What They Say
From the pub gigs of summer 1964 to the group’s triumphant performance at Live 8 in summer 2005, this book traces the progress of The Who from sharp-suited mods to psychedelic stars and pioneers of the rock opera.
Following the band on the road and during the recording of numerous television shows, as well as stunning images of The Who’s festival appearances at Monterey and the Isle of Wight, plus shots from performances at such diverse venues as the Marquee Club and Wembley Stadium.
Content: (please note that content portions of a review may contain spoilers):
The Who is a band that is a bit of an odd duck in some ways. They had a fair number of chart toping hits and bestselling records (mostly at a time when this literally meant “records”) and yet somehow, at least in the interactions I have had with a number of people, they seem to be an afterthought for some reason. While many know of some of their biggest hits they have fallen into the large shadow cast by both the Beatles and The Rolling Stones and yet in their heyday they were a competitor with these bands and at times managed to surpass them in the eyes of some fans with their risk taking and high energy antics.
Perhaps this has to do with the time they were rising up in which had so many brilliant artists or perhaps it has as much to do with the fact that they didn’t end on a spectacular, shocking or tragic note (not that the band didn’t have its share of tragedy with drummer Keith Moon’s all too young passing) but in a relatively quiet manner as far as rock bands go as they seemed to acknowledge they had simply reached a period where it was the proper time to walk away. Maybe it has to do with the change in how music was consumed as they left just as the music video was becoming a dominant force and one which may have helped them get their stage craft out farther but for whatever reason they seem to have fallen into the cracks of modern music to the point that some wondered when they were announced why this band was playing the halftime event at a Super Bowl a few years back.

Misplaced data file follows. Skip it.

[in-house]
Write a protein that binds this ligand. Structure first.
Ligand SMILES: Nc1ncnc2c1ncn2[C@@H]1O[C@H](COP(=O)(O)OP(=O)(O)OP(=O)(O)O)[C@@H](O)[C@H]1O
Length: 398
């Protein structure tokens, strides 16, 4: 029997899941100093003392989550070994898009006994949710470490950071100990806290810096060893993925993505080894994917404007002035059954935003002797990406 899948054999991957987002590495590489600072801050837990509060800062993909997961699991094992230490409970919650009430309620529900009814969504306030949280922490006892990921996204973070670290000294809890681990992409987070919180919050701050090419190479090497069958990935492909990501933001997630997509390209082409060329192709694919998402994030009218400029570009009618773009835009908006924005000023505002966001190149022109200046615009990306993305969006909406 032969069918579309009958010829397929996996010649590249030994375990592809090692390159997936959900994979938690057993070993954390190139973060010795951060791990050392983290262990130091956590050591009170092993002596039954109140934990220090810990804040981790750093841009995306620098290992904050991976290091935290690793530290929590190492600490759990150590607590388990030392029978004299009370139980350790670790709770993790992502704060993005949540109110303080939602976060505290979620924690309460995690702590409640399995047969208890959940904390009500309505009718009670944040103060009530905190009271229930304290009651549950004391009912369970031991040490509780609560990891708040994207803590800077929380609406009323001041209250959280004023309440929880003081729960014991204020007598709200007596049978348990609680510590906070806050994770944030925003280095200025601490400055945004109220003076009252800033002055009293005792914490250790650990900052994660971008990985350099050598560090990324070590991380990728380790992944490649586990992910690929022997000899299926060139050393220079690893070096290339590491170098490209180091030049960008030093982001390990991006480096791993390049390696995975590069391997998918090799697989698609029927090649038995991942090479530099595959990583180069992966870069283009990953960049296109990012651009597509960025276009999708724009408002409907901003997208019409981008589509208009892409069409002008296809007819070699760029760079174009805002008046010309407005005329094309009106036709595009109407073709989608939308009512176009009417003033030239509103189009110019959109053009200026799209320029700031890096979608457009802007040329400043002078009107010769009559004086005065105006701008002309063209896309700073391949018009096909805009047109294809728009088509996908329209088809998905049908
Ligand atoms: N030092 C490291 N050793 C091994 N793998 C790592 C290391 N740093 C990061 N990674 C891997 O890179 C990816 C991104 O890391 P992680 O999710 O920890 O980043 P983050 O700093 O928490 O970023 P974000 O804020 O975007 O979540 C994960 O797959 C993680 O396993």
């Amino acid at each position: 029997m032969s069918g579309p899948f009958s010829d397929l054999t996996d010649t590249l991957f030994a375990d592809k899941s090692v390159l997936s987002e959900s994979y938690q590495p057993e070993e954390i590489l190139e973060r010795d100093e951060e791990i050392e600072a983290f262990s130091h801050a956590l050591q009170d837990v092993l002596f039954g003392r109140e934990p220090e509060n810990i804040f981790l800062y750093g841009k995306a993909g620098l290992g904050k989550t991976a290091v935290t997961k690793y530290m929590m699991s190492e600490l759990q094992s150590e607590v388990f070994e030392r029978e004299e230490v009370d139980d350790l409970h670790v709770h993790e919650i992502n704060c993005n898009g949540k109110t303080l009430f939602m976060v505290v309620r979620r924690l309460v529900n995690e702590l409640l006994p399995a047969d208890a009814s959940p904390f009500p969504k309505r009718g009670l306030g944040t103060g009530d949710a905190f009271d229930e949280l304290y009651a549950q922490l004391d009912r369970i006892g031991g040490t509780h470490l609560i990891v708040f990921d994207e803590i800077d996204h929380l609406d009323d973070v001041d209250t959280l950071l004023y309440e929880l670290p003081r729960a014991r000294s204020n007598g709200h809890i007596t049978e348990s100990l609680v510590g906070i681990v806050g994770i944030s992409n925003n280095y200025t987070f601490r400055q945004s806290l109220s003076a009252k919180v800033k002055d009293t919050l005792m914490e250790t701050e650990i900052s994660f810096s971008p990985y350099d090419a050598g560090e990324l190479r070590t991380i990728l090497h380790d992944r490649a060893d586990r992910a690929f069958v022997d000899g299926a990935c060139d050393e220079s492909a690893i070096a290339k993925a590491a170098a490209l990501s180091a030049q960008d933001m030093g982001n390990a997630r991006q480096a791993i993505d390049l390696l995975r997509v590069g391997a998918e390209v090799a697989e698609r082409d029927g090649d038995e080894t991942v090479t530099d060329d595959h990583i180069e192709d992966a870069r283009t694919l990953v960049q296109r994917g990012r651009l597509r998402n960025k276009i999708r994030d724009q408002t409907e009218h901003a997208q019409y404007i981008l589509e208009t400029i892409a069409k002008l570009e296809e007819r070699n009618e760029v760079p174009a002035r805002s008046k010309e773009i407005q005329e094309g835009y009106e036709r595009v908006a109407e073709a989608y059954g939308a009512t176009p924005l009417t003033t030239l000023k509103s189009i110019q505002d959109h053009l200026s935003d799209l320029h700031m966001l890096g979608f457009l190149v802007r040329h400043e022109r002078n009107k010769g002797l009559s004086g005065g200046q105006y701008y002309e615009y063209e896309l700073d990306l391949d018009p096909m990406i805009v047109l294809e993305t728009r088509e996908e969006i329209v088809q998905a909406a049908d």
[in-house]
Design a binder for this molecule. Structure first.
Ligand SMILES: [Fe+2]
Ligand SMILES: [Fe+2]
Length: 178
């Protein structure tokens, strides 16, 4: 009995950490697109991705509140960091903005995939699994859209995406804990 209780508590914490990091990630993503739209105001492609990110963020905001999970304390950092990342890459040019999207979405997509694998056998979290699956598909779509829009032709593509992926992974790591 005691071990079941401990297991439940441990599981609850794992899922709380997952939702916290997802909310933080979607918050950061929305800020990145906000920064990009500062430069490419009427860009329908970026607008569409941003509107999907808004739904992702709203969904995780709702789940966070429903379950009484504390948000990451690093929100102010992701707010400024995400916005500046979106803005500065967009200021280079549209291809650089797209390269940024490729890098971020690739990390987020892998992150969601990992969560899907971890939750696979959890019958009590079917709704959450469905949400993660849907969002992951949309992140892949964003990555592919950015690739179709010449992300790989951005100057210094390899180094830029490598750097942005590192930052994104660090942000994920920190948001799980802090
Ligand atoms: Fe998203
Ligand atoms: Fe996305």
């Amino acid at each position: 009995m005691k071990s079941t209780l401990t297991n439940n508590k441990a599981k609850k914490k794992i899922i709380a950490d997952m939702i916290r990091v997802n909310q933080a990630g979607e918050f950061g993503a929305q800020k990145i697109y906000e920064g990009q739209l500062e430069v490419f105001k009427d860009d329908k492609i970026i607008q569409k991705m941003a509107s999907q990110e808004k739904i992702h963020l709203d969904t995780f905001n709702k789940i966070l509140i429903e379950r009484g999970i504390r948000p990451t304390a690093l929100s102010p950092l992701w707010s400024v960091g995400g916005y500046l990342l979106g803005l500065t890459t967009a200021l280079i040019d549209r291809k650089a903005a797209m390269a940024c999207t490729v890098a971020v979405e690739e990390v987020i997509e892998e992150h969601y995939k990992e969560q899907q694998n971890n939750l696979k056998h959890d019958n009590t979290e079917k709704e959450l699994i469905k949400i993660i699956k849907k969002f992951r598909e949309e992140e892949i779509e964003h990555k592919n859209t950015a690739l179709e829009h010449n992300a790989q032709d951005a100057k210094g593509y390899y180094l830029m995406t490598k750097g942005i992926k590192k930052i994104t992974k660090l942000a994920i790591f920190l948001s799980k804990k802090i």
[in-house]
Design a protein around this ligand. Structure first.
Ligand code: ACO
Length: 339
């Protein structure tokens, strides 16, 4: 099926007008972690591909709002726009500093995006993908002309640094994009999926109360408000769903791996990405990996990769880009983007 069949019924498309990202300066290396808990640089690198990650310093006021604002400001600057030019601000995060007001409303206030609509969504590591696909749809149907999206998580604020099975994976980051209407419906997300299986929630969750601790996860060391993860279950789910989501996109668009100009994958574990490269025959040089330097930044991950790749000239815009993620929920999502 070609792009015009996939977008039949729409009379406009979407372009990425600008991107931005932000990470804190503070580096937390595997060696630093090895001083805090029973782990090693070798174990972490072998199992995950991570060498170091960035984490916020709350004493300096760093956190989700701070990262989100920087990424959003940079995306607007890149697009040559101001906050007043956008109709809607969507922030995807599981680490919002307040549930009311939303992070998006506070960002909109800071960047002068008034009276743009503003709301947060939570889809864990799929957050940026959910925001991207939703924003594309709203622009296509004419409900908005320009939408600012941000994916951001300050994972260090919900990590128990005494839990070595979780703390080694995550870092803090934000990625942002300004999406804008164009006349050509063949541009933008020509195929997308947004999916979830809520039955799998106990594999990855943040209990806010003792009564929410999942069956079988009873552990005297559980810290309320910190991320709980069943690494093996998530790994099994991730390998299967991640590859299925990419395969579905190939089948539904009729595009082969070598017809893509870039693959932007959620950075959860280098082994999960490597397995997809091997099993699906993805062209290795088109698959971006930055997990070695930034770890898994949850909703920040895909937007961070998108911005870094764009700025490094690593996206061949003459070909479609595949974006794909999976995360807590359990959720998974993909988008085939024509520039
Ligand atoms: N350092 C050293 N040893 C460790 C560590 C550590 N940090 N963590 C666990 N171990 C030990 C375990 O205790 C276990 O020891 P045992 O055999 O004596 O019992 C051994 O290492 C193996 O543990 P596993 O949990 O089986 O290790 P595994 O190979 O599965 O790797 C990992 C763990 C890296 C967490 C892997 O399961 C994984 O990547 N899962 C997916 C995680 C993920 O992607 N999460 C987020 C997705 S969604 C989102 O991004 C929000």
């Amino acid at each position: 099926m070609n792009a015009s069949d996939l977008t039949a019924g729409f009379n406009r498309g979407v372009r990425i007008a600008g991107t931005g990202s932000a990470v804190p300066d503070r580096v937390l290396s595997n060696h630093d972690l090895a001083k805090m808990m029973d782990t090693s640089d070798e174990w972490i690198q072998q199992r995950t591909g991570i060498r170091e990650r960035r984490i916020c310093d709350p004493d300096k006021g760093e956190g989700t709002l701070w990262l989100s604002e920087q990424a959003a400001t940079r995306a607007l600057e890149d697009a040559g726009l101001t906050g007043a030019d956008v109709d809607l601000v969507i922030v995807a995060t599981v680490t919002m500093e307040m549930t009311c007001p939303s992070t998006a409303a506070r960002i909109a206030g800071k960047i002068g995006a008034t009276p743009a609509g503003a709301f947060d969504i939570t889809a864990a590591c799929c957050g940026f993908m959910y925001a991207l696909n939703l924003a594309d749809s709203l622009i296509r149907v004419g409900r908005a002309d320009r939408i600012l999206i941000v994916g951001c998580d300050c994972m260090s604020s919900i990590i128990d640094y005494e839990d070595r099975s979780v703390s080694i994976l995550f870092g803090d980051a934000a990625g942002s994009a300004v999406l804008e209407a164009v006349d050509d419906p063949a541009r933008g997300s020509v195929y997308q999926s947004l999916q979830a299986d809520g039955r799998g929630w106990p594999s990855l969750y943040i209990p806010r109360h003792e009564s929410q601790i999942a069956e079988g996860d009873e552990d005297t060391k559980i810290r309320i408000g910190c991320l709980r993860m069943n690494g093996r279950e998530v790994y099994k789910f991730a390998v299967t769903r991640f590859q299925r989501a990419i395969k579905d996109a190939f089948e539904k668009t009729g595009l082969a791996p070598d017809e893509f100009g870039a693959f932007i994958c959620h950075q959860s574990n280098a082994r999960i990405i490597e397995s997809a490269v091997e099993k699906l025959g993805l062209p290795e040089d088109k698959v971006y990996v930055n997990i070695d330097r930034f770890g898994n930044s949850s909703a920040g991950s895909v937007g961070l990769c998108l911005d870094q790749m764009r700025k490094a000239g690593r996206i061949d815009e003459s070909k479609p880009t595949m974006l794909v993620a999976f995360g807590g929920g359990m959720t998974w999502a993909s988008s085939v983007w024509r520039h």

For those who are ardent fans as well as those somewhat curious about the band will get a glimpse perhaps into some of its appeal as Titan Books has a new re-release of photos taken of the band from various points in their history, though the book does focus a bit on certain periods like their early days as well as later reunion a bit more than some other points along their journey. In some ways it feels like an odd premise that a book can give so much life to a look at a group of guys know for their music and yet that is the state that is created here.
In the pre-MTV days (let alone the current access that a band can create through a website) the music industry was a bit different as it relied somewhat heavily on print publications for a good deal of the access it had to fans which was symbiotic in nature as the music oriented print publications relied just as heavily on the access they got to the bands to keep their sales numbers up and stay in business. To maximize the benefit to both sides, the print industry worked to cultivate photographers who could maximize the limited time spent with a band and who had an eye for striking images- either through ones they helped stage to feature the group or the occasional spontaneous ones that captured a moment and the photographer happened to be in the right place at the right time and recognize that what was happening before them was special and have the reflexes to capture it.